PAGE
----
I have always been fascinated by Bletchley Park. My grandmother was in the WRENs during WW2 working in some capacity with code-breaking and ciphers. She didn't work at Bletchley, but one of her school friends did, and she has often talked about life during the War, which sparked my interest in Bletchley. So last week, when it was half term (one of the perks of working in a school), my father and I decided to go and visit it.
I got a bit happy-snappy so I think I am going to have to split this into two posts. The first will be about Bletchley House.
This is Bletchley House. I was suprised how small it was, since so many people worked there. Its more like a 19th century upper middle class country house, than a grand mansion on a large estate.
After the war the house was largely left to fall into disrepair, but thanks to the Bletchley Park Trust (formed in the 1990s) the house is now nearly completely restored. I have to say beautifully restored. Unfortunately, to raise funds to renovated the rest of the Bletchley site, the Trust rent out the rooms for corporate events, so their is ugly modern furniture in every room. However, we were still able to wonder around and see quite a few of the ground floor rooms.
In the hall facing the front door. I am not sure when the house was built (there didn't seem to be any info about it), but in the 1880s it was bought by a wealthy London financier and his wife, Sir Herbert and Lady Leon, who added a wing to the house in the early 1900s. The house has been restored to how it would have looked during the Leon's time, hence all the Edwardian paneling.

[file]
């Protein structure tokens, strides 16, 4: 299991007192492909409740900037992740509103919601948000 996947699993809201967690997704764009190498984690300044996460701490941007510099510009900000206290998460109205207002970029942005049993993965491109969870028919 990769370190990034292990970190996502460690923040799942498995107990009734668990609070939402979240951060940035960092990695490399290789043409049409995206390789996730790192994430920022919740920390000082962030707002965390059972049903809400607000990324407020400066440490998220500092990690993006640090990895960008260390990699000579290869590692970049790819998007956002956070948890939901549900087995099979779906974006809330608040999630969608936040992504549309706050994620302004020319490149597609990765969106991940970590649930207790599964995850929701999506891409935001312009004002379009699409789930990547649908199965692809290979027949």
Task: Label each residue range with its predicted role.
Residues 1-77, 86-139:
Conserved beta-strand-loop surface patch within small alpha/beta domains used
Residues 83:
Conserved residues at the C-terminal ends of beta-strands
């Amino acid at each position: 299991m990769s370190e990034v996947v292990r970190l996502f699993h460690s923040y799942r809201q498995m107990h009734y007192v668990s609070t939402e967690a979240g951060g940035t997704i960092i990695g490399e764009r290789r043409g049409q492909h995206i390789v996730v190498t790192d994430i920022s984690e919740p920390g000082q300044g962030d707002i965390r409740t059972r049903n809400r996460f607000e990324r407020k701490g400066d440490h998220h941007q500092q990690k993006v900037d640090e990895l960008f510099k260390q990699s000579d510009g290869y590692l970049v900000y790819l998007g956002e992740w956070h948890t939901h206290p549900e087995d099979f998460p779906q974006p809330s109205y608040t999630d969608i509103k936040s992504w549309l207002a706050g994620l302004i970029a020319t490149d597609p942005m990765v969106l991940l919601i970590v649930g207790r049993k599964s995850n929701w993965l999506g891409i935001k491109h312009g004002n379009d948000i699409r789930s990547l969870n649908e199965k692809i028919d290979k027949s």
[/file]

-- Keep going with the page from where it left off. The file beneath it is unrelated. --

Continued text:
A corridor which seemed to double as a coat/boot room.
You can see the evidence of it being used for corporate events.
The library. I loved this room. If you ignore the ugly furniture, you can imagine what it might have been like during the Edwardian era. During the war the room was divided into 3 offices. It is a decent size, but not big enough to be split into 3 rooms. They must have been 3 tiny offices!!
The bookshelves are all original, and beautiful.
Once again ignore the ugly table.
Amazing original fireplace
The hall (looking away from the front door)
Sadly the first floor was off limits. :( Apparently the rooms on all the floors, apart from the ground floor, are rented out as office space to businesses.
I can't precisely remember what the original function of this room was, though I have a feeling it was the Drawing Room.
The Ballroom, which was used as a cinema during the War.
Detail of the ceiling
Another room off the main hall, well its more like a covered courtyard then a room
I thought that mainly because of the ceiling
Looking towards the hall.
The dining room, which had some lovely old photos of the house and the people who worked their.
Some of the servants at the beginning of 20th century
Carpenters and maids c.1900
Next post: the rest of the Bletchley Estate.